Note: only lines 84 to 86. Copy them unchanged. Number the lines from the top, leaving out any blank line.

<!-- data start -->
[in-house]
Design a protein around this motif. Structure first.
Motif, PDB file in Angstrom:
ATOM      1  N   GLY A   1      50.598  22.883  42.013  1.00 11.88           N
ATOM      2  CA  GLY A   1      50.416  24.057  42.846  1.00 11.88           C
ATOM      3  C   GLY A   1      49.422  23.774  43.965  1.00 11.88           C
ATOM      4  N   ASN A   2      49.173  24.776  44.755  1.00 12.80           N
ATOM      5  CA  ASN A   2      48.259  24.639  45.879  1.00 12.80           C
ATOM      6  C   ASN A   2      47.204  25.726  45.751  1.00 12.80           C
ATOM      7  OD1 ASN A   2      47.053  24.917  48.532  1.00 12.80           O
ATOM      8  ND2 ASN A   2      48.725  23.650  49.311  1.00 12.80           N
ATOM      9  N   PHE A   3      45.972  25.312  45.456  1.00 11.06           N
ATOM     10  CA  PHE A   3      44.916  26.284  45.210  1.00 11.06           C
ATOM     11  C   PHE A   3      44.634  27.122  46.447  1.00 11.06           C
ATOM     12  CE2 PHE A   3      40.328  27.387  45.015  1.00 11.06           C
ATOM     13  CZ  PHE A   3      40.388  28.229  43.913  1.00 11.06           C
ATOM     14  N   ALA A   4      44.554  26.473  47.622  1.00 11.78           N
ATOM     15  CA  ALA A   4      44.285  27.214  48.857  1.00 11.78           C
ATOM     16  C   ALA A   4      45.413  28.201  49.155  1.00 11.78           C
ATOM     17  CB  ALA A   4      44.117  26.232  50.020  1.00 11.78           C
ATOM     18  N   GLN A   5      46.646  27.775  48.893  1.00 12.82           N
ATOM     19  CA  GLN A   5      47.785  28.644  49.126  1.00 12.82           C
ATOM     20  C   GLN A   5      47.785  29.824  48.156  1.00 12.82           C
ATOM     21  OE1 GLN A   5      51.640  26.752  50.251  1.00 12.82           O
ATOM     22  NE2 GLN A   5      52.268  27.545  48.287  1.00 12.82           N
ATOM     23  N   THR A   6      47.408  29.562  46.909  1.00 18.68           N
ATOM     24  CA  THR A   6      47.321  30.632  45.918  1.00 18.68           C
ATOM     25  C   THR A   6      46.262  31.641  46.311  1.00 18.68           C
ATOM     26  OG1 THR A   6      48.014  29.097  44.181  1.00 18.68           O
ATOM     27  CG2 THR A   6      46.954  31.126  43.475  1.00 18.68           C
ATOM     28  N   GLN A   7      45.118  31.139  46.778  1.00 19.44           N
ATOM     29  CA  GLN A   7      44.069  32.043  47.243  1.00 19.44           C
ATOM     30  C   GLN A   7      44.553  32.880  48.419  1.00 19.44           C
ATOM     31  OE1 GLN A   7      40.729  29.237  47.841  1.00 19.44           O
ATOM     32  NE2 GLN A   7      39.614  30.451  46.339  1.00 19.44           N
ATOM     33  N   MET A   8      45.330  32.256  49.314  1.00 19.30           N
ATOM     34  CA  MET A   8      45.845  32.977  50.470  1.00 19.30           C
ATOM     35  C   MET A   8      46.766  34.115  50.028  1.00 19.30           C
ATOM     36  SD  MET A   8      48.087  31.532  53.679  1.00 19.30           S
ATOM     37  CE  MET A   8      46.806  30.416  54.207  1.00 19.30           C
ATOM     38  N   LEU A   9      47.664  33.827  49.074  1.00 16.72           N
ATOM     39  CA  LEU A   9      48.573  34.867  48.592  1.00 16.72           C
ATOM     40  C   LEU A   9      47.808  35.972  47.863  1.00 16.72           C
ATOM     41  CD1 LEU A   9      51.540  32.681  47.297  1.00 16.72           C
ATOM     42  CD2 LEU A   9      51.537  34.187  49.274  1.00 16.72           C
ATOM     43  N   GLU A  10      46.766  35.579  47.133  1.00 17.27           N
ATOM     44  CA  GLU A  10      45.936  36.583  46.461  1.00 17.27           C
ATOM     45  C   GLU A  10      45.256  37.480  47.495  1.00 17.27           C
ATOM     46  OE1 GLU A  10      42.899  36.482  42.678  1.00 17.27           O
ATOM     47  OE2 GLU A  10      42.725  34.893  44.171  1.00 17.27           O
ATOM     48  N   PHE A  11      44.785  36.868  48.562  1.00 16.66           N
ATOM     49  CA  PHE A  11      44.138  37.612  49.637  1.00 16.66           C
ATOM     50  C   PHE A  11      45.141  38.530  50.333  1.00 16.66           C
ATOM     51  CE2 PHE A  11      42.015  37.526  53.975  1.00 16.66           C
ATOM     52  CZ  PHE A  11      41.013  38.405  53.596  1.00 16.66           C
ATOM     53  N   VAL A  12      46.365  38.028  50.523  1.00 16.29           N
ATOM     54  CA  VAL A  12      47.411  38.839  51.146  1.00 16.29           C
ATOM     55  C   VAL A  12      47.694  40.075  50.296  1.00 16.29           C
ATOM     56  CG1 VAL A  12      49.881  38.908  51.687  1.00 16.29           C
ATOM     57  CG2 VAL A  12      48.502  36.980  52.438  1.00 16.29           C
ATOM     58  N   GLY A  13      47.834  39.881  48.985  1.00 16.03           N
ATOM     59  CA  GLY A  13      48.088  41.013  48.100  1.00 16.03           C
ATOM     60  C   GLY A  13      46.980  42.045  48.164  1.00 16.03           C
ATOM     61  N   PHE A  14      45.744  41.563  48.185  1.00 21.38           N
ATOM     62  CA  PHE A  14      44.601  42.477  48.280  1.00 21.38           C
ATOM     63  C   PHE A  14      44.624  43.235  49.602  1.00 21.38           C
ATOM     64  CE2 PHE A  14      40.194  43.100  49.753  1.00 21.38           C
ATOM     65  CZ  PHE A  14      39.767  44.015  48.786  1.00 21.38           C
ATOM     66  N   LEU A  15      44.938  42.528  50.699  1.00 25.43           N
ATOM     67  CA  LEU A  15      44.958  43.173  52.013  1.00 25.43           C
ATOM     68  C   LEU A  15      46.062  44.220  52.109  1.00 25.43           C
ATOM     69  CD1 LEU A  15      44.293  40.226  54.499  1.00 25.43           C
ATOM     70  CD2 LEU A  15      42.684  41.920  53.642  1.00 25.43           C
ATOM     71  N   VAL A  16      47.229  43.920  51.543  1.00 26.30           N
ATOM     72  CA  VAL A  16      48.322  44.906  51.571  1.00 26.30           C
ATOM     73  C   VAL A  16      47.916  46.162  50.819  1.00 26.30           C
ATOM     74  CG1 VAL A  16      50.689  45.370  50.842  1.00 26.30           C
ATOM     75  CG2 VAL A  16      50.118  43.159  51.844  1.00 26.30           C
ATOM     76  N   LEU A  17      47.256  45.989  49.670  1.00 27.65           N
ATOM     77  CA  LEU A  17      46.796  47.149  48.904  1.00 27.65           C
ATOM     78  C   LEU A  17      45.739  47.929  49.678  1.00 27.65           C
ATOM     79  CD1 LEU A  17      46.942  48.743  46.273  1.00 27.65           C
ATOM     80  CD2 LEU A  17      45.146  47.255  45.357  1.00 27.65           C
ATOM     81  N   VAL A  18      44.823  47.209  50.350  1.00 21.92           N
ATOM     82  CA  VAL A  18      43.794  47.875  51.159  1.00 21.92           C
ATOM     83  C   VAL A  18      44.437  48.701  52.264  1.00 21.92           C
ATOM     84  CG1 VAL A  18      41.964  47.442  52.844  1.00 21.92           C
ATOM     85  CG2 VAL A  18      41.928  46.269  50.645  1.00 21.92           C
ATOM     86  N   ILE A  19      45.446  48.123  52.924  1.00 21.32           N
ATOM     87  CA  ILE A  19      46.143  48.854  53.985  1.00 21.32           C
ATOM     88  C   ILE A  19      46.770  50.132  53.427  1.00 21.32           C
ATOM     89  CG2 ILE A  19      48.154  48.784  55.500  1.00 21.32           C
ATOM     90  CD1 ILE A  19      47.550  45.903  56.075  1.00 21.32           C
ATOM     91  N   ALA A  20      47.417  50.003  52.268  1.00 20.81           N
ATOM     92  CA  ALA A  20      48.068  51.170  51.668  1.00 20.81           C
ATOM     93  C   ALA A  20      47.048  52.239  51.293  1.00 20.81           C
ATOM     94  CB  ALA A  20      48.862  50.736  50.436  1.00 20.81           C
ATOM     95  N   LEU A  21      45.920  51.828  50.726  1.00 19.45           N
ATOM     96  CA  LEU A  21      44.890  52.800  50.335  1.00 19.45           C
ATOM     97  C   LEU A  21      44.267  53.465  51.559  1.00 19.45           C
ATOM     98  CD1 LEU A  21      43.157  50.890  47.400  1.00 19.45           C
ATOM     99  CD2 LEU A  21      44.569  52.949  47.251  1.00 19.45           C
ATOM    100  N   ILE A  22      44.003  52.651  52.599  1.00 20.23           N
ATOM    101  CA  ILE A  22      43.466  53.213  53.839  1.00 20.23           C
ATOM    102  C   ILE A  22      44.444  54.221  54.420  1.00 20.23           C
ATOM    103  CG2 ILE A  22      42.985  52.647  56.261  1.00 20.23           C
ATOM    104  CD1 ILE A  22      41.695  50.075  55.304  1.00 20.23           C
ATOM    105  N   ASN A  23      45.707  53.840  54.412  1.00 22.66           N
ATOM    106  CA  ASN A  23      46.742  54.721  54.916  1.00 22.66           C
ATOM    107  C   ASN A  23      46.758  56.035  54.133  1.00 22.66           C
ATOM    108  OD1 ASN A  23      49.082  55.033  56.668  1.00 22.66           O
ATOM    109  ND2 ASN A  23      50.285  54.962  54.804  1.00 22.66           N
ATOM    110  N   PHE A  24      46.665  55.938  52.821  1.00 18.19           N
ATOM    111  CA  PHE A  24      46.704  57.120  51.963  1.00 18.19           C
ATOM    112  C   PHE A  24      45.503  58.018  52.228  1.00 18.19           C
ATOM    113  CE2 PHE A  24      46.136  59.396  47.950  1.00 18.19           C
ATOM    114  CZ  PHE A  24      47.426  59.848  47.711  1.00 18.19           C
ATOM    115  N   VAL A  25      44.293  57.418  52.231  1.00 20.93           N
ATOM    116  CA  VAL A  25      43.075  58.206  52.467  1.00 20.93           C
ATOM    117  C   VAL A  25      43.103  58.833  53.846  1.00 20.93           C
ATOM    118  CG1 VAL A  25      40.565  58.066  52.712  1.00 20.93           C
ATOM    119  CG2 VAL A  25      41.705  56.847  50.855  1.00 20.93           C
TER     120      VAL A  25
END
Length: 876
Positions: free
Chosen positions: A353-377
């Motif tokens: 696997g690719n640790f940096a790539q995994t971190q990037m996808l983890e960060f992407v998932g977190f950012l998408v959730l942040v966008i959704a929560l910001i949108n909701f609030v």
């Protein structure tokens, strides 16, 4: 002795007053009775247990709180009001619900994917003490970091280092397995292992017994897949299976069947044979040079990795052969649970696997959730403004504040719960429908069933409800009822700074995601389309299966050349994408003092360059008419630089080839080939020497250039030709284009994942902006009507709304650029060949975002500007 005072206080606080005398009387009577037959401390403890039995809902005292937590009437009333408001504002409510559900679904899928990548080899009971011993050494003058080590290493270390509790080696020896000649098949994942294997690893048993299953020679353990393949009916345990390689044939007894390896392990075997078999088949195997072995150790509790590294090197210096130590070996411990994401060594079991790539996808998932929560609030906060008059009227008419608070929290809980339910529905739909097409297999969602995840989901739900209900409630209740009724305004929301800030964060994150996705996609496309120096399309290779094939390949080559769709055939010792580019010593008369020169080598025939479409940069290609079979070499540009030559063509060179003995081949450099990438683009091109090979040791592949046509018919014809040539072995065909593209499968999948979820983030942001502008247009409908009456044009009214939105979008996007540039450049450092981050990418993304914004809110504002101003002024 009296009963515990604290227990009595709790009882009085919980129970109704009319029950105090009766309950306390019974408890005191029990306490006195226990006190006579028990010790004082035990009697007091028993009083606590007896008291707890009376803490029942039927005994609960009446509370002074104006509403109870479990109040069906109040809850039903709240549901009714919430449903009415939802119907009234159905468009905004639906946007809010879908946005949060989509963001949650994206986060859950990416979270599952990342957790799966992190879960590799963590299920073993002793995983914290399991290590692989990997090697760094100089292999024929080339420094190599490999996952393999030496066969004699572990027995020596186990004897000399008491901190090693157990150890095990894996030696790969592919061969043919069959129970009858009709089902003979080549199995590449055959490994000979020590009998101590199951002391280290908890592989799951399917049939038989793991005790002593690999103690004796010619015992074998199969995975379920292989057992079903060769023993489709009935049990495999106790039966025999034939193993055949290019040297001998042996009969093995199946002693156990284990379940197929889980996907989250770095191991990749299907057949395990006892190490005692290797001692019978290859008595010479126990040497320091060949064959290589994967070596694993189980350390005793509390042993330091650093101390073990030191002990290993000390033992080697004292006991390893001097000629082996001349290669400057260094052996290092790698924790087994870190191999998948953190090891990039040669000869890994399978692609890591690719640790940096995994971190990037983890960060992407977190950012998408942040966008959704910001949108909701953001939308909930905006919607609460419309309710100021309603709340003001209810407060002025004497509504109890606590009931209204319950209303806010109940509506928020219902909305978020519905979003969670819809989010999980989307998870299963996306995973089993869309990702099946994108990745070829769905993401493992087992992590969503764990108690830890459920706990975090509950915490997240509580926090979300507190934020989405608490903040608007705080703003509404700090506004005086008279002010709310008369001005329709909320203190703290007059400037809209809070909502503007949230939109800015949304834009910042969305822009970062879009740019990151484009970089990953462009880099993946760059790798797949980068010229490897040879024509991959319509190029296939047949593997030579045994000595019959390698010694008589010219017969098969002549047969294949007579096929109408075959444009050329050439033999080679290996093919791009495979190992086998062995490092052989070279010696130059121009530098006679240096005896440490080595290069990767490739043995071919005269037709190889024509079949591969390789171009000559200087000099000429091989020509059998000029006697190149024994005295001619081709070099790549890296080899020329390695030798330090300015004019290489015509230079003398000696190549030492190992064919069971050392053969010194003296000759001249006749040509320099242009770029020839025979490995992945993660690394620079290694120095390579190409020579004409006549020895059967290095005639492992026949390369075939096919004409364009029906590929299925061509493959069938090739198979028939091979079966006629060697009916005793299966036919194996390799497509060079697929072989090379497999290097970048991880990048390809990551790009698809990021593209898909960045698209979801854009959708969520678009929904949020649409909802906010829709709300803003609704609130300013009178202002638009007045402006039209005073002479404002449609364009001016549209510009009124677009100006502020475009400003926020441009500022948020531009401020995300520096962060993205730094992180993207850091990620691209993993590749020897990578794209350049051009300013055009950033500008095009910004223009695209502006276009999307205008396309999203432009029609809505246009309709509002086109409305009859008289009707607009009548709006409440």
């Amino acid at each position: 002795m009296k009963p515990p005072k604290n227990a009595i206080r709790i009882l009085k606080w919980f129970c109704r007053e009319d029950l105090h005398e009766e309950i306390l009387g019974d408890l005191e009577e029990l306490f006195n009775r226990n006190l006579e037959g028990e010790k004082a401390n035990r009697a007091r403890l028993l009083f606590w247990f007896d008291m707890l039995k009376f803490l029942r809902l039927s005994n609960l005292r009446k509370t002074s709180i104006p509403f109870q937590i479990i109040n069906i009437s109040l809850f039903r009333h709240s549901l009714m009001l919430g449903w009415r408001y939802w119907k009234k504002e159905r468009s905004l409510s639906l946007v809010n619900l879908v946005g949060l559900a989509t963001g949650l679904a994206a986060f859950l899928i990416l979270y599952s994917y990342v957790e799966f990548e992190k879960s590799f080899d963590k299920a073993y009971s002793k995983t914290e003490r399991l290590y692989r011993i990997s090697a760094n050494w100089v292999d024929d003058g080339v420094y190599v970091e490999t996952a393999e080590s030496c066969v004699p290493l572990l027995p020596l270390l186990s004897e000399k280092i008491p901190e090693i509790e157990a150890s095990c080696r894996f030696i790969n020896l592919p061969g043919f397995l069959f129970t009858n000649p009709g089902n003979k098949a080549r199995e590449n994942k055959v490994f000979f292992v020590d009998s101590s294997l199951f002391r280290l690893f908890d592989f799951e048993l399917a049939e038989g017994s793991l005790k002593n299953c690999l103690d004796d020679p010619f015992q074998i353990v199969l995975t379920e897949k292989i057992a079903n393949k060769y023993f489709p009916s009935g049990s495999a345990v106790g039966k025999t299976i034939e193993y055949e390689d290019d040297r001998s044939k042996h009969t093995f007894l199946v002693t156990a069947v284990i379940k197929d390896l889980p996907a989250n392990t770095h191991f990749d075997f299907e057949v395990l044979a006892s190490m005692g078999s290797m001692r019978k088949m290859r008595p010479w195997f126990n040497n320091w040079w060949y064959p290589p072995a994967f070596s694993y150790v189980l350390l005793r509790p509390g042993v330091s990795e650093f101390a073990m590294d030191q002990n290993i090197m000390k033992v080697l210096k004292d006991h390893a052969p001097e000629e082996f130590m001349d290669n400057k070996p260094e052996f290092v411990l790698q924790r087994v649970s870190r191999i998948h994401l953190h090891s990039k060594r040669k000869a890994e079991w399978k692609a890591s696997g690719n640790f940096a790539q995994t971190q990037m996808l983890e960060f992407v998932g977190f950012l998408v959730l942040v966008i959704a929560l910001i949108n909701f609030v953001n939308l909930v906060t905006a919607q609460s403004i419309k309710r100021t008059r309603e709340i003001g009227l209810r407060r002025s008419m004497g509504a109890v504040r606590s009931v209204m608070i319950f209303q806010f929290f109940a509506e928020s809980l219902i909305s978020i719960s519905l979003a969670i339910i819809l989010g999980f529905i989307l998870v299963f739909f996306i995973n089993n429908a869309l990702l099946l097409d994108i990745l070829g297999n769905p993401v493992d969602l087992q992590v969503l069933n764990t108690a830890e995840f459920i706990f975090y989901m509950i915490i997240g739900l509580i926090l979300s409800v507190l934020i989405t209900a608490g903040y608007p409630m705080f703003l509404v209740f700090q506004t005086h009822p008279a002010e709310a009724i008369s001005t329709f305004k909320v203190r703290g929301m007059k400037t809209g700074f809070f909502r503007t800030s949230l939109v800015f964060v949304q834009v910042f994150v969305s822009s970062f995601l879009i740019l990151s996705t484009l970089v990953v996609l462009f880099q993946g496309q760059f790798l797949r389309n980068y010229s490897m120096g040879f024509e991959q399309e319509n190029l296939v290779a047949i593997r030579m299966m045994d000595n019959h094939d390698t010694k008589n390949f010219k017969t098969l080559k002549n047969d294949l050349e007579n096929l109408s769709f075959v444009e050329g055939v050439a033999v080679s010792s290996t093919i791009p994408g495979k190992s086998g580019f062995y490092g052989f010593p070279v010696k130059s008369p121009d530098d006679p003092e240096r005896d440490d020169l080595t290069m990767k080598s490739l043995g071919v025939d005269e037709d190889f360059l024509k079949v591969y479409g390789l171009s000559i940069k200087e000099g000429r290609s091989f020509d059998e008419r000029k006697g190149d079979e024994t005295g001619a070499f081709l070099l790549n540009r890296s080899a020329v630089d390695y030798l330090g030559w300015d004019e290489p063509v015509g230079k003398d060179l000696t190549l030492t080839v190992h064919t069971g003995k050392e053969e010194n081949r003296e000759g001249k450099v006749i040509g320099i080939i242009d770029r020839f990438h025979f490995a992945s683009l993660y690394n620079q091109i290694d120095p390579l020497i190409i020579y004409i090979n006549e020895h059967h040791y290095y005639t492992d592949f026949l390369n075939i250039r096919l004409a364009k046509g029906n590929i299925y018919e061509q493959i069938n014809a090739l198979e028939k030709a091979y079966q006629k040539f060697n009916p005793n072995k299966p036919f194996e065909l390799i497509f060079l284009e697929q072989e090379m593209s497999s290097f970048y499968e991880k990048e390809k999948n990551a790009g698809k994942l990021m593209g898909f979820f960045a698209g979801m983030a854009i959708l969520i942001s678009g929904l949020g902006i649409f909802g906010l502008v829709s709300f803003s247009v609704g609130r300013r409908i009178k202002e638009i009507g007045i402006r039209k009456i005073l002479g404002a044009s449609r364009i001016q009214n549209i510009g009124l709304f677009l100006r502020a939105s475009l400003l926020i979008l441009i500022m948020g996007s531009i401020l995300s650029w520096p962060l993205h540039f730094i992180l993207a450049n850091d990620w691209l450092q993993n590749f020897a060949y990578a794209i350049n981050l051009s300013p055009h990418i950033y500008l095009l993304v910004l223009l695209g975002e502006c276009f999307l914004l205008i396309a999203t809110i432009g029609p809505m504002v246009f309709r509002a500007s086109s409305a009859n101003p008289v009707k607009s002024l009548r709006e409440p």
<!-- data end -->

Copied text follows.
ATOM     81  N   VAL A  18      44.823  47.209  50.350  1.00 21.92           N
ATOM     82  CA  VAL A  18      43.794  47.875  51.159  1.00 21.92           C
ATOM     83  C   VAL A  18      44.437  48.701  52.264  1.00 21.92           C